The Taj Gardens - Bageecha Any visitor, who visits the Taj Mahal, once he gets over the initial incredulity at the sheer splendor of the vista, gradually attunes himself to the overall planning of the landscape. By the time, the visitor is able to get back his breath; he is able to appreciate the surrounding greenery around the edifice in an otherwise drab scenario, keeping in view the overall quality of vegetation in and around Agra city. It is very clear that the design and plan adopted around Taj Mahal is not indigenous to the region, but has in fact been imported as an alien architectural concept. If one evaluates the garden around the Taj Mahal while keeping in view other such Mughal landmarks in north India, it appears that the basic style of these gardens was adapted from contemporary Persian practices, which try to incorporate a brazen artificial approach to garden planning by attempting to correspond to hypothetical heavenly perfection through use of a few techniques. This style started right from the days of architectural experiments made by Babur, the founder of the dynasty and continued thereafter. The typical Persian stress on delicacy and symmetry and a fascination for flowers, leaves and birds is apparent a la Persian gardens, which in any case is a predominant desert region.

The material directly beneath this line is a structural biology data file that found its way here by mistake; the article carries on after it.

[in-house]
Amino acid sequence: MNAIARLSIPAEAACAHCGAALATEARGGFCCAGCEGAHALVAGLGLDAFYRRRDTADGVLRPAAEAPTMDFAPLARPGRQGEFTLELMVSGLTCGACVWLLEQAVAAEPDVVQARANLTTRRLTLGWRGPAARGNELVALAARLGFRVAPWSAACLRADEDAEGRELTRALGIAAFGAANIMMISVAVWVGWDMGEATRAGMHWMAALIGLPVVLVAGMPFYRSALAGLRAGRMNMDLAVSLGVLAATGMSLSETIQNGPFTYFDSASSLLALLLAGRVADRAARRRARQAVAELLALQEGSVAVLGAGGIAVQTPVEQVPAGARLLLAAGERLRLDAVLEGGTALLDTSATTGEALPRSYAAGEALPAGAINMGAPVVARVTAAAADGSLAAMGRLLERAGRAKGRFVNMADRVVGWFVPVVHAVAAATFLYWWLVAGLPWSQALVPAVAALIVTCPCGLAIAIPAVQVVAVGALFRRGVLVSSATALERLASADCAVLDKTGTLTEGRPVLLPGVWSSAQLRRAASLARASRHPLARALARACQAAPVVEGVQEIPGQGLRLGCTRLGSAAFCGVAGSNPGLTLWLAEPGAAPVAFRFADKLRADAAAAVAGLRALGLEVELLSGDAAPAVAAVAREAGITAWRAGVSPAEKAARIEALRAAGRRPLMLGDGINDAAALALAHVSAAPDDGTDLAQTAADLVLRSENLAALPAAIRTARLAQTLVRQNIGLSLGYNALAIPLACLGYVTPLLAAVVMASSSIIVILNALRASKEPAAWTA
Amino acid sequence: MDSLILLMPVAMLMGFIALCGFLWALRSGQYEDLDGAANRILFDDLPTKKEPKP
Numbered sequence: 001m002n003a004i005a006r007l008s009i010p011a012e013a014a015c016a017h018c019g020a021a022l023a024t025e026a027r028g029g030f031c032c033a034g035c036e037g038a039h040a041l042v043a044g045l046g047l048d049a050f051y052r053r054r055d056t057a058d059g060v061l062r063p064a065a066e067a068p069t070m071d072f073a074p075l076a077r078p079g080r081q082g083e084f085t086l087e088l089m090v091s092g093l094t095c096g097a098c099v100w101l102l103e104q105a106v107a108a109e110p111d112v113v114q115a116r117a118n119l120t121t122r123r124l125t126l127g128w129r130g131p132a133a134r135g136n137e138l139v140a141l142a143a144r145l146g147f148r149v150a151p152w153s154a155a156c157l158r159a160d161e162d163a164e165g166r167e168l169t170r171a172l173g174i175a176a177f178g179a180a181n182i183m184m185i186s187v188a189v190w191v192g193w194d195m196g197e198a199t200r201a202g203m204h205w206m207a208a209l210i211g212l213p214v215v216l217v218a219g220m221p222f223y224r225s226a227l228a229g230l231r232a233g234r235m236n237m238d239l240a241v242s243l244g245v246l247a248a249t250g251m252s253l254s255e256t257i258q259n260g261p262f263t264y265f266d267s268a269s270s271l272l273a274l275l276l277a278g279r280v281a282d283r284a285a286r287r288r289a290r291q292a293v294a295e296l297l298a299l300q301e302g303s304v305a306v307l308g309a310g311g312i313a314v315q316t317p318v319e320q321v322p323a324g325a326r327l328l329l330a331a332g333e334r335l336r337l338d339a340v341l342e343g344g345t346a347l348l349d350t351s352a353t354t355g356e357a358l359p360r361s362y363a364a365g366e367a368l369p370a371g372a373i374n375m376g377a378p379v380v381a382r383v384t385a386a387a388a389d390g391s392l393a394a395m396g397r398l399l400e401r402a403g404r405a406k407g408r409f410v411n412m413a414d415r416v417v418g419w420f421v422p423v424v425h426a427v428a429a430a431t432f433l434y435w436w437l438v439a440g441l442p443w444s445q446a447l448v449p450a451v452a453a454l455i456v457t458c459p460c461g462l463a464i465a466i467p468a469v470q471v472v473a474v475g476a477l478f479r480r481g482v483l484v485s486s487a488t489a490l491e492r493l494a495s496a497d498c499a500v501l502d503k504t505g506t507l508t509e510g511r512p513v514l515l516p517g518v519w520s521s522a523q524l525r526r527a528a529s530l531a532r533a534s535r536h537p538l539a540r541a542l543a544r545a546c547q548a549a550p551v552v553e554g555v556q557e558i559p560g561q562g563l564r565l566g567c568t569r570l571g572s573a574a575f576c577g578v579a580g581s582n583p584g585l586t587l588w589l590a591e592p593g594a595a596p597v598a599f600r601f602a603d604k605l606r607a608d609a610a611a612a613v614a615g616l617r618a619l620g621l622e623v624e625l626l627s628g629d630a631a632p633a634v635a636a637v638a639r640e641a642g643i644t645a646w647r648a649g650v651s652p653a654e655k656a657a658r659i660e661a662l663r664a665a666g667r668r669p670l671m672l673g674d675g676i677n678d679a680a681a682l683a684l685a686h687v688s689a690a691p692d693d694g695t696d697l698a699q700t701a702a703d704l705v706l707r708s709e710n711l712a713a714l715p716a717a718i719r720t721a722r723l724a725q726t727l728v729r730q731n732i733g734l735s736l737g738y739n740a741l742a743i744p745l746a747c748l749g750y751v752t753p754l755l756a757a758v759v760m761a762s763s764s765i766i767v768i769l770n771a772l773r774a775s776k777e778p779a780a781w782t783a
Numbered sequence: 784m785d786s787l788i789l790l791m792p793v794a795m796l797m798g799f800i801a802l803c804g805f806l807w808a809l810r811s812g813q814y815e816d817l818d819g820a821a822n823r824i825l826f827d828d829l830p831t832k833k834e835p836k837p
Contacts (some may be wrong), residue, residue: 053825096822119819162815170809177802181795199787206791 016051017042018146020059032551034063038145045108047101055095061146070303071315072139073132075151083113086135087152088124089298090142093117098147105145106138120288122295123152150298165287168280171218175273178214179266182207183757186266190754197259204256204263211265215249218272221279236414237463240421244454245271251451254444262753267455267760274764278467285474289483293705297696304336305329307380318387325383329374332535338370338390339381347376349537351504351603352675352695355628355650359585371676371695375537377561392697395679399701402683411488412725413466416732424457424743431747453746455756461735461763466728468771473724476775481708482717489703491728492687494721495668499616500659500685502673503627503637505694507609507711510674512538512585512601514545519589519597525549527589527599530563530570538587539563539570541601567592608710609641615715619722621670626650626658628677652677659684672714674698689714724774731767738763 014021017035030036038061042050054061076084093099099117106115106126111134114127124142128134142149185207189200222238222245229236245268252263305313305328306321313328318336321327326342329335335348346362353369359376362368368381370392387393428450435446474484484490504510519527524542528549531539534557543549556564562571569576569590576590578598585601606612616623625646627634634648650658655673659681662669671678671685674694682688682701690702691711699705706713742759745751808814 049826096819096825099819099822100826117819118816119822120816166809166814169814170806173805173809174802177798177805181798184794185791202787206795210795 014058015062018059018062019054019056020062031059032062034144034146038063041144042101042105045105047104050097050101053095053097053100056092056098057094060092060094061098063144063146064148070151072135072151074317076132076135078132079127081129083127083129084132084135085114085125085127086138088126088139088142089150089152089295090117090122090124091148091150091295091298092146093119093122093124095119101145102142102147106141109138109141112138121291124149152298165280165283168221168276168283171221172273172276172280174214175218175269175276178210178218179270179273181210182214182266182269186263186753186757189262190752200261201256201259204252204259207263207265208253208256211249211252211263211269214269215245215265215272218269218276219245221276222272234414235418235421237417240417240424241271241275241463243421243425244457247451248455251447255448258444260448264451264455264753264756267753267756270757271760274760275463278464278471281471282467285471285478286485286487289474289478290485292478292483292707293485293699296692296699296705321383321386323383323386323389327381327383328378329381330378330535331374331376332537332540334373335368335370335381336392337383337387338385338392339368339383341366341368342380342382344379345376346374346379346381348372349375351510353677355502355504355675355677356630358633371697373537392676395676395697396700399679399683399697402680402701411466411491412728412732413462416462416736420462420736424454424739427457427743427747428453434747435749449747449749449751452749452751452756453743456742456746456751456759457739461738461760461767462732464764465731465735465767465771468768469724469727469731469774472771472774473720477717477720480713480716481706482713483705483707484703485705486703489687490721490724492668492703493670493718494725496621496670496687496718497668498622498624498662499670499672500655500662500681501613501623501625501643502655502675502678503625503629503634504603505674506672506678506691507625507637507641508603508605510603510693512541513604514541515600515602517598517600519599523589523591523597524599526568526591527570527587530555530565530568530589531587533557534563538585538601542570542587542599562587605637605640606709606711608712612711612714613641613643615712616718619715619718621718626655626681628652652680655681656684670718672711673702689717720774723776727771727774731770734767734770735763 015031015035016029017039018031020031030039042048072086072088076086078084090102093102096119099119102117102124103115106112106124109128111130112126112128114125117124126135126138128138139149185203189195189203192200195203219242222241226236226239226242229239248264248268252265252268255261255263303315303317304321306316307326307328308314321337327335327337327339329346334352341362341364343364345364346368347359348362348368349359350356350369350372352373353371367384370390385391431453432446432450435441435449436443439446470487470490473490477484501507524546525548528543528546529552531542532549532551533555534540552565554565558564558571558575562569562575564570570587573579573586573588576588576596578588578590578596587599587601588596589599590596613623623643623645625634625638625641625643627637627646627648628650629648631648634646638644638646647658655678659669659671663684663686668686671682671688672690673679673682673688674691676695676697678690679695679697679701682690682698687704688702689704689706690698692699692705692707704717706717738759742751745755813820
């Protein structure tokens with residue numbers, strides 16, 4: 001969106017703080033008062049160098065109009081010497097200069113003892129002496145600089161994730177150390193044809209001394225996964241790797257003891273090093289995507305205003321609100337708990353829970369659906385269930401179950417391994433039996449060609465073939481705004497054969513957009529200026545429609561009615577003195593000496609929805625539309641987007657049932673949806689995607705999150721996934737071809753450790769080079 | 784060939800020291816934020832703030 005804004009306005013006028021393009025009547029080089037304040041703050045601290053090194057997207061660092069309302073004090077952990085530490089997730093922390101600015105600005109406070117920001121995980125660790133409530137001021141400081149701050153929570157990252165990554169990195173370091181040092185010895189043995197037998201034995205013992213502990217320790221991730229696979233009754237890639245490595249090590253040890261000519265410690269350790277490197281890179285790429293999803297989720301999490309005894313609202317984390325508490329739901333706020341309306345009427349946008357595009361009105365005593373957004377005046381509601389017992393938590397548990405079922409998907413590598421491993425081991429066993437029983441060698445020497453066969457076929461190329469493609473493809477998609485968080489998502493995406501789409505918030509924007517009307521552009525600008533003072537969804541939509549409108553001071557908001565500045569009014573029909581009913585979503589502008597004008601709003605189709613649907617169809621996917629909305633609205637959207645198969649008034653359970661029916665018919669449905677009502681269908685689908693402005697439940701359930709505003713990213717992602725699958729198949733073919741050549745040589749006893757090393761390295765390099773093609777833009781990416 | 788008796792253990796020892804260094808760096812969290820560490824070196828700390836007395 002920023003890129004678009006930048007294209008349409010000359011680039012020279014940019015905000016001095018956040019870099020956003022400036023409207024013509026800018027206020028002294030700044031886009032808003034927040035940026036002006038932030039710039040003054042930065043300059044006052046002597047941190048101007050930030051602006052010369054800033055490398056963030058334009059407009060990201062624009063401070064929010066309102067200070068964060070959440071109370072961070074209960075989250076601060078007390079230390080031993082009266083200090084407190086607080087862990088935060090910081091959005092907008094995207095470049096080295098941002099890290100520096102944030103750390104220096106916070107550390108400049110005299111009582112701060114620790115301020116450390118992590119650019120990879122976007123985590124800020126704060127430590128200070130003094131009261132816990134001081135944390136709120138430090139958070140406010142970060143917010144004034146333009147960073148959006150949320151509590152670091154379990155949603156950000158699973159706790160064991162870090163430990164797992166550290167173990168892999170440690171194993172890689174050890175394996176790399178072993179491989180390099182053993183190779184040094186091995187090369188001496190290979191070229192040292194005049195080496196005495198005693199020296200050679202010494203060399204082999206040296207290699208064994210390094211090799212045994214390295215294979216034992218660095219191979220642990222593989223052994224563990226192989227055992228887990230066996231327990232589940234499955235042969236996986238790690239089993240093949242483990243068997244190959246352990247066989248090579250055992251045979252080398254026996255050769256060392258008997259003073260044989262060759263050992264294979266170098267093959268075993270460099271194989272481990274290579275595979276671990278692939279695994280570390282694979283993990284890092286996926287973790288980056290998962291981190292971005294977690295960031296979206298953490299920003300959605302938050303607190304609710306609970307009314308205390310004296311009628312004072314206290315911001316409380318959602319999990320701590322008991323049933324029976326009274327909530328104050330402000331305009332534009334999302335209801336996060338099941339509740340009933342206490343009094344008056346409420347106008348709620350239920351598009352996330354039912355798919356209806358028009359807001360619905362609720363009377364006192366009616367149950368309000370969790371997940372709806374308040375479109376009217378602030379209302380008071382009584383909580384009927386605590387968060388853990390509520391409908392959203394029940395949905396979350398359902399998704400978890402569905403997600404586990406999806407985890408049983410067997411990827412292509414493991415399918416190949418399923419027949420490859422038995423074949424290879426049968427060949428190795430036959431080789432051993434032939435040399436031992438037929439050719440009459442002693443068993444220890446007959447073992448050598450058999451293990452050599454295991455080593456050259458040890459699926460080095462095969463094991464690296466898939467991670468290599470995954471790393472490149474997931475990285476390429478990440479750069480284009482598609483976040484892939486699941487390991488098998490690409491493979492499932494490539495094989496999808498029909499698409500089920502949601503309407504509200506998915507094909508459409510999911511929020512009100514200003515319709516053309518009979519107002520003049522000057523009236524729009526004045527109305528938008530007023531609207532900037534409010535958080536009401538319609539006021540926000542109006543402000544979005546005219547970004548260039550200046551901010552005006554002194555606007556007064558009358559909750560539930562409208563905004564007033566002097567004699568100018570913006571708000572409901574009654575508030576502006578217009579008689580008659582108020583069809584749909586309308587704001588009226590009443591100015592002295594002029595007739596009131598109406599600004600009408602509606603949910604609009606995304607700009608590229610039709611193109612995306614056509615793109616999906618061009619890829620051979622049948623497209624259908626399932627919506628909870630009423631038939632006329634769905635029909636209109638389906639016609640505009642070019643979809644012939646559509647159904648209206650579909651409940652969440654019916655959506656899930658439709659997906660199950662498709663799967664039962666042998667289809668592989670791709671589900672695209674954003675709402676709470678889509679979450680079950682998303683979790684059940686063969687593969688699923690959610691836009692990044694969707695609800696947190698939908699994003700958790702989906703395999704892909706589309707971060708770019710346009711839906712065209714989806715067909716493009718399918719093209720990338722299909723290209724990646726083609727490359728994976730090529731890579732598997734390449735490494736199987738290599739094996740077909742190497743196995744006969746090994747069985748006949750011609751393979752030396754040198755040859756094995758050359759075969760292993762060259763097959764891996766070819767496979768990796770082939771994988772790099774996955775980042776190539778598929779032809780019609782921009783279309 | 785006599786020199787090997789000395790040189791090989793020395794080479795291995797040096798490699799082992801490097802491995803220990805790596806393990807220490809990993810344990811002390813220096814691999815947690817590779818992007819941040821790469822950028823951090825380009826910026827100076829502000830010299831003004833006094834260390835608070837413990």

The second major influence on the planning in the premises at Taj Mahal is the predominance of Islamic motifs and metaphors. As, number four has a major symbolic value in Islam, this number appears to have been liberally applied in all calculations in its primary form or in its multiples. As an example, the Taj garden has been laid out in a quadratic scheme, with two marble canals have been laid out to feed the flower pots and the fountains. The cypress trees, which symbolize death in Islamic traditions, are planted in neat rows in the centre, thus separating the garden in four equal squares. Each of the garden quarter has been further sub-divided by raised pathways into sixteen flower beds. The central lotus pond has been designed adroitly in such a way that it reflects the Taj Mahal perfectly to add to its effect. Interestingly, one gets a clear, unhindered view of Taj Mahal from any spot in the premises, which is not obstructed by any intruding tree or any other such device. The planners adroitly placed the row of cypress trees and the fountains along the northsouth water canal, which indicates that much thought was given to the placing of each and every single device to calculate the net aesthetic impact of its placing. The evergreen crest of the cypress trees gets reflected in the water pond and form a live, rich green halo around the dazzling white reflection of Taj Mahal, thus highlighting its beauty by the contrast. About Author â€“ He is an extensive traveler and eminent writer. His recent Agra day trip to inspired him to write on Taj Mahal Gardens